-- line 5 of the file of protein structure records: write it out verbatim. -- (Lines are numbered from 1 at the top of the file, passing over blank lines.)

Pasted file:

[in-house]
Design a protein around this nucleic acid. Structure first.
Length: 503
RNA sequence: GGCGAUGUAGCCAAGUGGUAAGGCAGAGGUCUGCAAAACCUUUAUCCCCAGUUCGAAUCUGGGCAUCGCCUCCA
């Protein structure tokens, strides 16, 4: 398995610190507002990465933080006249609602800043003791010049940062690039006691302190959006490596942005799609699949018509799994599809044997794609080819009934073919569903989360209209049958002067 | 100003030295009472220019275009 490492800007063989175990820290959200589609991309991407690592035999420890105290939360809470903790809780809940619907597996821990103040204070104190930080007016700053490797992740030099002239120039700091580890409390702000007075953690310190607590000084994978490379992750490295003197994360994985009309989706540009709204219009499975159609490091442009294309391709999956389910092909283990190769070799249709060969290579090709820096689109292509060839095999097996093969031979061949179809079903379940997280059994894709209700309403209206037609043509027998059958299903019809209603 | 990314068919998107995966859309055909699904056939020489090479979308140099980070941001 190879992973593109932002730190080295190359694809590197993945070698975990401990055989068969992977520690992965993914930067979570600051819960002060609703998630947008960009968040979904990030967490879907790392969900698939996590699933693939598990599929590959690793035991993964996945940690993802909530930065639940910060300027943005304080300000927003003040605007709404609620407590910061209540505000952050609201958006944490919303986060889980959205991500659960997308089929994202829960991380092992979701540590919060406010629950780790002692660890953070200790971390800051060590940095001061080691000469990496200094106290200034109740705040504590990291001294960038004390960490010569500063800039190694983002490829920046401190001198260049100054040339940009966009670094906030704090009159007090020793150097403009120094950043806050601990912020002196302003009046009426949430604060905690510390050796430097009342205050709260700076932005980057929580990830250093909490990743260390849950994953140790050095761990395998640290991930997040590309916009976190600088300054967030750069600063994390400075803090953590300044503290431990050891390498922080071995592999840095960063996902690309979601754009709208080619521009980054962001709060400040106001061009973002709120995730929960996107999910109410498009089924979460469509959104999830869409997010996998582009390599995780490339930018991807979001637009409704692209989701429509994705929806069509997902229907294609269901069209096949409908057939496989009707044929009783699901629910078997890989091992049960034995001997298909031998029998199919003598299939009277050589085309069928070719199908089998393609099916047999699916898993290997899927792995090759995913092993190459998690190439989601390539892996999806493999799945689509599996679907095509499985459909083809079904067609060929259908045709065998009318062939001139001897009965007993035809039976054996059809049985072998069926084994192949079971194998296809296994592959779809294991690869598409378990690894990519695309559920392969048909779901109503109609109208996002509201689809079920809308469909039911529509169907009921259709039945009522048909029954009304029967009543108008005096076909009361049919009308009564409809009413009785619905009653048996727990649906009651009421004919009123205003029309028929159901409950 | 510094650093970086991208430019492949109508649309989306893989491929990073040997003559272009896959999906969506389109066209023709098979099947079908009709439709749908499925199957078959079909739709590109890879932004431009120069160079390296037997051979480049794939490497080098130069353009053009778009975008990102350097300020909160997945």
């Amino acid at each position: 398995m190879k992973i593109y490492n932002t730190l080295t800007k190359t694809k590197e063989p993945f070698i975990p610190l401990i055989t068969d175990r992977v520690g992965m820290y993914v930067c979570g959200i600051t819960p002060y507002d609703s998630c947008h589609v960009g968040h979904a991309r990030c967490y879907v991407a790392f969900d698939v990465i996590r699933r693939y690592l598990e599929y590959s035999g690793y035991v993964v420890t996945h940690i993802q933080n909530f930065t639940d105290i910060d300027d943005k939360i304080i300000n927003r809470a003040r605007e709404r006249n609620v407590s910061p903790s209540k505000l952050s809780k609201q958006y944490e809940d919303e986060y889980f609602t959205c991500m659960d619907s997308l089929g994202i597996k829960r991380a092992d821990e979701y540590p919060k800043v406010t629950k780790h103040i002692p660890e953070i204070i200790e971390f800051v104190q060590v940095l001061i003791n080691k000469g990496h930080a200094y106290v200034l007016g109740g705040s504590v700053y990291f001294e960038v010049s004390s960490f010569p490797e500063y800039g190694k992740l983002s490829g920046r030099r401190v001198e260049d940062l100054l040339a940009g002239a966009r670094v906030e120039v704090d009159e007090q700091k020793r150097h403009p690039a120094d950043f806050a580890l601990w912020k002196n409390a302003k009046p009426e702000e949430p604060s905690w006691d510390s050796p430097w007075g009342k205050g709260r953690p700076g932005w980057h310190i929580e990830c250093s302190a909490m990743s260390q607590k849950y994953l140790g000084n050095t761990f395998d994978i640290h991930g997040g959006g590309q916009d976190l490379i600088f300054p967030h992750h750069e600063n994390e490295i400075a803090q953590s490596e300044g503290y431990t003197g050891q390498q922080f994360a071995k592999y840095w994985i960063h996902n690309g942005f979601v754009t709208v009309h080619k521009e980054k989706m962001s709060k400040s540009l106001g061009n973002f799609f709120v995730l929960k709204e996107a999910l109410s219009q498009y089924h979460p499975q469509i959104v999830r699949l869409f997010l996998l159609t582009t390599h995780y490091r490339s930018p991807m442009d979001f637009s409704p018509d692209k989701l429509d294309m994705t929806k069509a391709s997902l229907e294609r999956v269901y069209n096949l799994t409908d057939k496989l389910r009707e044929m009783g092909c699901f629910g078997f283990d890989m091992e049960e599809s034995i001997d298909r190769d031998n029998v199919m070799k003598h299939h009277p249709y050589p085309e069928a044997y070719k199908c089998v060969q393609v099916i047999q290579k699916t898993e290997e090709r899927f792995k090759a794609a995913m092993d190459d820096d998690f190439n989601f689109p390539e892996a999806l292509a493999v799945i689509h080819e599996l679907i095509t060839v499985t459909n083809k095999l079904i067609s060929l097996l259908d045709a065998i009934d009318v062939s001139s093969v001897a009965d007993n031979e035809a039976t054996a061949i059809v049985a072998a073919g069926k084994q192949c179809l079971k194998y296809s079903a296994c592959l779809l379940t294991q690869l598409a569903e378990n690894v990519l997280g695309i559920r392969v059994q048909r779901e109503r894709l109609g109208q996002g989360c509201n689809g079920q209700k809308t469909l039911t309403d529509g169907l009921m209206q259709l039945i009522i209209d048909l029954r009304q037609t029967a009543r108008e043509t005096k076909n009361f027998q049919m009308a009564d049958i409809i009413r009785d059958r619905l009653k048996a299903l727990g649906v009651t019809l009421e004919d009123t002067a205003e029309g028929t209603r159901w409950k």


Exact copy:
């Protein structure tokens, strides 16, 4: 398995610190507002990465933080006249609602800043003791010049940062690039006691302190959006490596942005799609699949018509799994599809044997794609080819009934073919569903989360209209049958002067 | 100003030295009472220019275009 490492800007063989175990820290959200589609991309991407690592035999420890105290939360809470903790809780809940619907597996821990103040204070104190930080007016700053490797992740030099002239120039700091580890409390702000007075953690310190607590000084994978490379992750490295003197994360994985009309989706540009709204219009499975159609490091442009294309391709999956389910092909283990190769070799249709060969290579090709820096689109292509060839095999097996093969031979061949179809079903379940997280059994894709209700309403209206037609043509027998059958299903019809209603 | 990314068919998107995966859309055909699904056939020489090479979308140099980070941001 190879992973593109932002730190080295190359694809590197993945070698975990401990055989068969992977520690992965993914930067979570600051819960002060609703998630947008960009968040979904990030967490879907790392969900698939996590699933693939598990599929590959690793035991993964996945940690993802909530930065639940910060300027943005304080300000927003003040605007709404609620407590910061209540505000952050609201958006944490919303986060889980959205991500659960997308089929994202829960991380092992979701540590919060406010629950780790002692660890953070200790971390800051060590940095001061080691000469990496200094106290200034109740705040504590990291001294960038004390960490010569500063800039190694983002490829920046401190001198260049100054040339940009966009670094906030704090009159007090020793150097403009120094950043806050601990912020002196302003009046009426949430604060905690510390050796430097009342205050709260700076932005980057929580990830250093909490990743260390849950994953140790050095761990395998640290991930997040590309916009976190600088300054967030750069600063994390400075803090953590300044503290431990050891390498922080071995592999840095960063996902690309979601754009709208080619521009980054962001709060400040106001061009973002709120995730929960996107999910109410498009089924979460469509959104999830869409997010996998582009390599995780490339930018991807979001637009409704692209989701429509994705929806069509997902229907294609269901069209096949409908057939496989009707044929009783699901629910078997890989091992049960034995001997298909031998029998199919003598299939009277050589085309069928070719199908089998393609099916047999699916898993290997899927792995090759995913092993190459998690190439989601390539892996999806493999799945689509599996679907095509499985459909083809079904067609060929259908045709065998009318062939001139001897009965007993035809039976054996059809049985072998069926084994192949079971194998296809296994592959779809294991690869598409378990690894990519695309559920392969048909779901109503109609109208996002509201689809079920809308469909039911529509169907009921259709039945009522048909029954009304029967009543108008005096076909009361049919009308009564409809009413009785619905009653048996727990649906009651009421004919009123205003029309028929159901409950 | 510094650093970086991208430019492949109508649309989306893989491929990073040997003559272009896959999906969506389109066209023709098979099947079908009709439709749908499925199957078959079909739709590109890879932004431009120069160079390296037997051979480049794939490497080098130069353009053009778009975008990102350097300020909160997945």